The analysis has shown so far the fall in the income held by the most favored in recent years and, consequently, improvement in income distribution. In order to complement the study this section focuses on the poor. Defining poverty is not a trivial matter. In this article Itaú applies SEDLAC’s definition, of inability to reach a certain minimum level of income, known as the poverty line. They used a poverty line defined at US$ 2.5 per day in purchasing-power parity (PPP), which, according to SEDLAC, coincides with the median of the official extreme poverty lines fixed by Latin American governments.
Chart 4 shows the percentage of the population below the poverty line for each country in the sample in 2002 and 2012. Again, they notice two characteristics that were also present in the results using the income share of the top 10% income-earners of the population: the fall in poverty is widespread, but heterogeneous. Argentina, Peru, Paraguay, Brazil and Colombia (in that order) posted the largest decline (in percentage points). The other three countries (Mexico, Chile and Uruguay) posted lower drops, but in the case of the latter two, from already very low levels.
As was the case in the study of the income share held by the top 10% income-earners, the heterogeneity observed in poverty makes it relevant to analyze the evolution of the indicator for each country. Chart 5 shows the evolution of the poverty indicator for the four countries (Argentina, Brazil, Chile and Mexico) for which there is information covering a longer horizon (1987-2012).
Chile is the country that posted the highest percentage (39.4%) of the population below the poverty line in 1987, but five years later, in 1992, this number had already been reduced to less than half of that. One possible explanation for this decline is the country’s strong economic growth. During this period, the country grew at an average annual rate of 8.3%. In later years, poverty continued to decline, reaching 2.9% by the end of the reviewed period.
Brazil showed an increase in the percentage of people in poverty between 1987 and 1992, but a considerable decrease in the following five years. Between 1997 and 2002, the decline in the percentage of people in poverty continued, but at a slower pace. The fall in poverty accelerated again in the following years.
Mexico shows the opposite behavior to Brazil between 1987 and 1997, falling between 1987 and 1992 and rising significantly between 1992 and 1997. The deterioration observed between 1992 and 1997 is likely related to the 1995 crisis, although it was completely reversed in the next five years. The decline continued in the following years, though at a slower pace. Between 2007 and 2012 the percentage of people in poverty remained fairly stable.
The evolution of the percentage of people in poverty in Argentina followed the same pattern observed in the first indicator of inequality: having started at a very low level (2.9%), it rose significantly, reaching its peak (29.2%) in 2002, certainly due to the economic crisis that the country experienced during those years. In the following years, the percentage declined sharply, reaching a low value (4.7%) in 2012; however, this is still higher than the percentage at the beginning.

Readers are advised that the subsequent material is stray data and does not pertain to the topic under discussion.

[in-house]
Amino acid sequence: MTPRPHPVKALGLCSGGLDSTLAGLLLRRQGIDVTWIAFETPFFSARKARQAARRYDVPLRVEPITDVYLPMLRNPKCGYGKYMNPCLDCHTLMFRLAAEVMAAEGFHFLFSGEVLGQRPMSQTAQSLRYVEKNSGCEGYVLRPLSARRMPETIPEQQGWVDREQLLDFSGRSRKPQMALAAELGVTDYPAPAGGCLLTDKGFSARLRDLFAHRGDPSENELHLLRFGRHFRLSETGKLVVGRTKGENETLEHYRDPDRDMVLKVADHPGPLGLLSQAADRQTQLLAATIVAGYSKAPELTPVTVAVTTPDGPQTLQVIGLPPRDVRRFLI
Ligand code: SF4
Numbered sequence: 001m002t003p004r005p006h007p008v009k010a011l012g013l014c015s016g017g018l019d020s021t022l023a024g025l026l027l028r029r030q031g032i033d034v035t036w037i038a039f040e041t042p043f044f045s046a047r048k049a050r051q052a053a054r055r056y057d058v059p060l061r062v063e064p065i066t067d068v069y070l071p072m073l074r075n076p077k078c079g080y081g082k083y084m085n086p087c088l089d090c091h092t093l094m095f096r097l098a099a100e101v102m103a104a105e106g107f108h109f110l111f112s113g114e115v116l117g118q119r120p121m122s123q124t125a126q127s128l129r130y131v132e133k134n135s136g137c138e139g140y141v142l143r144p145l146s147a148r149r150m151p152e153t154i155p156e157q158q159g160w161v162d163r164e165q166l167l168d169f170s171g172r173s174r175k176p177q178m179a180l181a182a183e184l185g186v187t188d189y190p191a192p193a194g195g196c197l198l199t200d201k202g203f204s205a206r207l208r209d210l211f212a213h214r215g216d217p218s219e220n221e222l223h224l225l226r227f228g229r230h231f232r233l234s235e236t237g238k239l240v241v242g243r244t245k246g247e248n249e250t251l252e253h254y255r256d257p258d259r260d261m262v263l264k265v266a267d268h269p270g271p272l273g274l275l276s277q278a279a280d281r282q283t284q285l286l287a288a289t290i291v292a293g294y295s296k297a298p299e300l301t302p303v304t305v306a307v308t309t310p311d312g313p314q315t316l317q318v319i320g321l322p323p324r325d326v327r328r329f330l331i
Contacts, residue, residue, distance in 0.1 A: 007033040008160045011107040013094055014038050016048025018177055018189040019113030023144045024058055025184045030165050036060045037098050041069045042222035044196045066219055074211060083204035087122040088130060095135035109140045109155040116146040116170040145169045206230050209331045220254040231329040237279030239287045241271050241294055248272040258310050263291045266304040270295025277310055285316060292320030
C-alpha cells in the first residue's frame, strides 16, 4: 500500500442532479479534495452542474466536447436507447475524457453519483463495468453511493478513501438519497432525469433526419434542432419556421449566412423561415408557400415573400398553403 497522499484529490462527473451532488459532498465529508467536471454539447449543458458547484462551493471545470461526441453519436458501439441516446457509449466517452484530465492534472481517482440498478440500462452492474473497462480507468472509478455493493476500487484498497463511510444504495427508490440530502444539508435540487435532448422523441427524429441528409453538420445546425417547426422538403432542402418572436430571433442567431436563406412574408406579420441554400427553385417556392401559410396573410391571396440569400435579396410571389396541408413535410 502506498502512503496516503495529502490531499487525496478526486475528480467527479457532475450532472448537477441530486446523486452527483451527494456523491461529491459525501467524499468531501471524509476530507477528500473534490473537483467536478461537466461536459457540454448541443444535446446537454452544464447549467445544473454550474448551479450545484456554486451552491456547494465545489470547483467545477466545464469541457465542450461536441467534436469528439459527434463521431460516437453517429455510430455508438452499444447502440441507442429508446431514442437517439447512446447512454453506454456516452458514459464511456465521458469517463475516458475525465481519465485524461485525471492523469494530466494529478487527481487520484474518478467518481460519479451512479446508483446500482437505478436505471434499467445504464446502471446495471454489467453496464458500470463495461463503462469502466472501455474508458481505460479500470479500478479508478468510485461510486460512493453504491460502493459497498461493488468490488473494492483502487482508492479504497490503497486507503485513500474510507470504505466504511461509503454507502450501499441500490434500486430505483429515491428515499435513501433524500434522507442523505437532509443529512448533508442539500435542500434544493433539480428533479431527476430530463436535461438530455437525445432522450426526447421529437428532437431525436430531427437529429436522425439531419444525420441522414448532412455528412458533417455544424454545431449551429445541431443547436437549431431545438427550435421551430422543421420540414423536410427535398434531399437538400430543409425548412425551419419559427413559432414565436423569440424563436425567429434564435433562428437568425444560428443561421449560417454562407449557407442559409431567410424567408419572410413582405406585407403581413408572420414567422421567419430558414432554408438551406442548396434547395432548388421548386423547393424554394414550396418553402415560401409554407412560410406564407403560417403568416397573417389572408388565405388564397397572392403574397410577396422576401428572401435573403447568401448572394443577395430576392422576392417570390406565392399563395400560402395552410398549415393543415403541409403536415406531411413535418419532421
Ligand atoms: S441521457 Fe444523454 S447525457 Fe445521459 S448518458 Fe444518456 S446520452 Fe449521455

Chart 6 shows the evolution of the percentage of people in poverty in Colombia, Peru, Paraguay and Uruguay for the period 1997- 2012.
Peru presents a continuously decreasing percentage of people in poverty, but it is possible to identify two different periods. Between 1997 and 2002, the fall is relatively modest, but from 2002 onwards the pace of decline accelerates. Colombia, whose information is only available from 2002, posted the same percentage of people in poverty as Peru for this year. The country also managed toreduce this percentage in subsequent years, but to a lesser magnitude than Peru. Paraguay experienced an increase in its percentage of people in poverty between 1997 and 2002, but since then the percentage has dropped significantly, reaching a lower value (14.4%) that that posted at the beginning of the period. Finally, poverty statistics confirmed Uruguay as the country with the lowest level of poverty in our sample throughout the period, despite the increase in the percentage of people in poverty posted between 1997 and 2002, which was more than offset by the subsequent decline.
The analysis of poverty in the sample countries brought results similar to those observed in the analysis of our inequality indicator: poverty decline is widespread and becomes more prominent in the early years of the twenty-first century. The five countries that historicallyposted the highest poverty percentages (Brazil, Chile, Colombia, Paraguay and Peru) were able to significantly reduce these percentages, with Chile as the absolute highlight. Mexico has also reduced its poverty, although to a lesser extent than the others. Argentina, during the second half of the reviewed period, managed to reverse the serious deterioration of the first half. Uruguay stood out, posting the best performance, and was confirmed as the one with lower poverty in the sample. Finally, it is important to note that all countries maintained the downward trend in poverty during the Global Financial Crisis (2007-2012).
The results show that in the last two decades there was widespread, although heterogeneous, improvement in income inequality and poverty in Latin America. There are several reasons for these movements. Itaú highlights reforms, macroeconomic stability, a favorable international scenario (despite the crisis after 2007), several years of strong GDP growth, a significant reduction in unemployment and income-transfer policies.
In a world that looks increasingly unequal, Latin America was able to move in the opposite direction in the last decades. The challenge is to maintain this trend.
This report is authored by Gino Olivares and Ilan Goldfajn, Itaú BBA
This article was first published on Funds Society – www.fundssociety.com